Ask your host for the physical location of your server. If it’s not at least in the
What kind of fire suppression system does the web host have in place? Is it designed to protect non-involved servers, i.e. a smart system, or does the server room simply fill with fire-retardant foam, taking your database with it.
Don’t think it’s a problem? Servers use electricity and because they do, they create heat. Lots of it. That’s why server rooms are air conditioned. If they weren’t, there’d be so much heat build up you could cure hams in there.
Be sure to ask your web host what kind of protection they have in place to fight a small electrical fire or a catastrophic fire that melts 50 servers into plastic lumps. Hey, that’s your site on that lump!
So, okay, you’ve checked that prospective web host and found that all servers are on the 40th floor (let it rain) and the company does have back-up generators on site to cover for power outages. So far so good.
But what about the proverbial “disgruntled employee.” The tech head who was just passed over for a promotion, or the new guy who’s just testing his hacker chops at the server level. Who’s working on your server?
It’s not a common problem among well-respected, long-time hosting companies who do background tests, random drug testing and take other proactive measures to ensure all of those who have access to the server room (the Mother Lode) are properly checked and rechecked.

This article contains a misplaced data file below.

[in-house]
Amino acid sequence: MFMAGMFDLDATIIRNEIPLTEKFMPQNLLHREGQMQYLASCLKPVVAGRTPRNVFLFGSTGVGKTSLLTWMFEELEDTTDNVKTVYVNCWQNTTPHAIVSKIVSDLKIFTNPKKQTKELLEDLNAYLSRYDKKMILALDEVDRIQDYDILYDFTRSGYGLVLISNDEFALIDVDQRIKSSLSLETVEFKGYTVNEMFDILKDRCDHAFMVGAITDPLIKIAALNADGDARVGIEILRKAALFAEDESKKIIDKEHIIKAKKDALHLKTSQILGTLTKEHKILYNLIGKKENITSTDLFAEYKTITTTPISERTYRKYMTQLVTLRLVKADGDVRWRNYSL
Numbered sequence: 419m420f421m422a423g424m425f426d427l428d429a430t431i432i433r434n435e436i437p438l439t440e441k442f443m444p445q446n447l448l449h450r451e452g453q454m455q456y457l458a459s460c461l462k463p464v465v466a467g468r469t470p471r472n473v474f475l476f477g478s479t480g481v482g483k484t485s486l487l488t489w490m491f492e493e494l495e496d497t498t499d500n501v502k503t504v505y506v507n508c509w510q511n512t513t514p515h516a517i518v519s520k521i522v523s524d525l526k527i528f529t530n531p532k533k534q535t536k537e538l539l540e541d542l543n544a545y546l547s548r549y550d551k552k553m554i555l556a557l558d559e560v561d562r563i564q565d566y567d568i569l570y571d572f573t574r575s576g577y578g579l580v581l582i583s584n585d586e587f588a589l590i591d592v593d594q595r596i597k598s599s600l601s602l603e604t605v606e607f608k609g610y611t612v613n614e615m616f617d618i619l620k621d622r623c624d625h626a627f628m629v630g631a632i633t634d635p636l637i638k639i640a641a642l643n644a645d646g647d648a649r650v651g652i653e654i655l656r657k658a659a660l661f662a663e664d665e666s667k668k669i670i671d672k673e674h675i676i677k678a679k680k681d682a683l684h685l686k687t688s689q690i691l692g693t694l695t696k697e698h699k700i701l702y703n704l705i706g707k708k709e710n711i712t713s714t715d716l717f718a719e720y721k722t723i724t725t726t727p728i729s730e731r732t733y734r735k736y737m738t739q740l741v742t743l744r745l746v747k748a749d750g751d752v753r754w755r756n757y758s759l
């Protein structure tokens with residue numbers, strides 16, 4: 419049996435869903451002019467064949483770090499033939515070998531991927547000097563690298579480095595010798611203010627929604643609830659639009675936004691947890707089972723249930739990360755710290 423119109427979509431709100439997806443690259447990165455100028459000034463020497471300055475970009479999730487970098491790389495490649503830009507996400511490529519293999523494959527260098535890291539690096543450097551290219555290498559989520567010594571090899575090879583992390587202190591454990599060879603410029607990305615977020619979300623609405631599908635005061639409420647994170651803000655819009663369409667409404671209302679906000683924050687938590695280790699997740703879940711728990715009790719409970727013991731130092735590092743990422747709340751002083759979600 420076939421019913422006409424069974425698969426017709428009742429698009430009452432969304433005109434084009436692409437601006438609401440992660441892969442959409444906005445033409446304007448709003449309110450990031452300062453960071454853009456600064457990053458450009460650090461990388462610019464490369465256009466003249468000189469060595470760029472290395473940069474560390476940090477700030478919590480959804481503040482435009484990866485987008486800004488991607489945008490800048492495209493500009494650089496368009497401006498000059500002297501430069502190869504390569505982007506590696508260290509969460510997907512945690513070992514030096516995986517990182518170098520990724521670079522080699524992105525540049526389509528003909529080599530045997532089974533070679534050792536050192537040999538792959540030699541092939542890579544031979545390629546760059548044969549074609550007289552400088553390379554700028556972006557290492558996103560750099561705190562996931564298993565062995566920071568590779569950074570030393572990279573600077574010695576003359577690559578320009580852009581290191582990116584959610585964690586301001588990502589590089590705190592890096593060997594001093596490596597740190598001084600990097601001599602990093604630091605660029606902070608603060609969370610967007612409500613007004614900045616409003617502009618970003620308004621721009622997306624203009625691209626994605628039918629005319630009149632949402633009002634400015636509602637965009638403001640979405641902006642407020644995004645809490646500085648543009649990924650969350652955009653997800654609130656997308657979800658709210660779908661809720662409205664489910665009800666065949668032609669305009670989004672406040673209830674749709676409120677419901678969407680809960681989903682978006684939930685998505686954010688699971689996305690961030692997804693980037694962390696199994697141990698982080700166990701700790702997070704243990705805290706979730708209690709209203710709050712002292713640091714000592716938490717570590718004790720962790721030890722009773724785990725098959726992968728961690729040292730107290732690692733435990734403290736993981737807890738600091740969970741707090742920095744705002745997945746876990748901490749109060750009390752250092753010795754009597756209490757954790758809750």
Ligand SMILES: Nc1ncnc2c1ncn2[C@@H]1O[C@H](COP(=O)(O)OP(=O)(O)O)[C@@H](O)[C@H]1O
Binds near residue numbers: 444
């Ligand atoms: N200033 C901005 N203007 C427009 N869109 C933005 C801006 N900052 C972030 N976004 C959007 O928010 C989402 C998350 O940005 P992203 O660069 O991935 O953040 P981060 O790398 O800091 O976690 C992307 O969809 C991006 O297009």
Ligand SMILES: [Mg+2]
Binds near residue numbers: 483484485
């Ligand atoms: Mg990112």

In addition, quality hosting companies limit access to the server room and security is reminiscent of a Level 3 Max security prison. There’s usually a keyboard or some type of biometrics device used to gain access to the server room, and the entire place is under constant video surveillance. It won’t stop the major whack job, but whack jobs are usually detected before they reach the trusted level of server technician.
Hardly. You should expect this level of security and protection for pennies a day. Literally. Pennies a day.
You can purchase quality hosting from a web host that has contingency plans for everything from massive flooding (elevate the servers) to hoards of locust (Please shut the door so the locusts don’t get in. Thank you.)
Hosting is competitive. Just Google “web hosts” and you’ll get the idea. The premium web hosts have a long history (at least 10 years), near-perfect uptimes (accept nothing less than 99.9%) and both security and contingency plans in place. The small timers have a single server in Mumbai and during the annual rainy season service is…umm intermittent.
So spend a little to get a lot. A lot of protection. A lot of security. And contingency plans for any event. (Okay, maybe not a UFO attack, but if that happens, you’ll have more important things on your mind.)
When shopping around for a web host or a new web host, go with one willing to spend the time, money and effort to provide multiple layers of protection for your website. You may not need it today, but when those locusts hit, you’ll be glad you spent a little extra to get those locust-proof doors at your server site.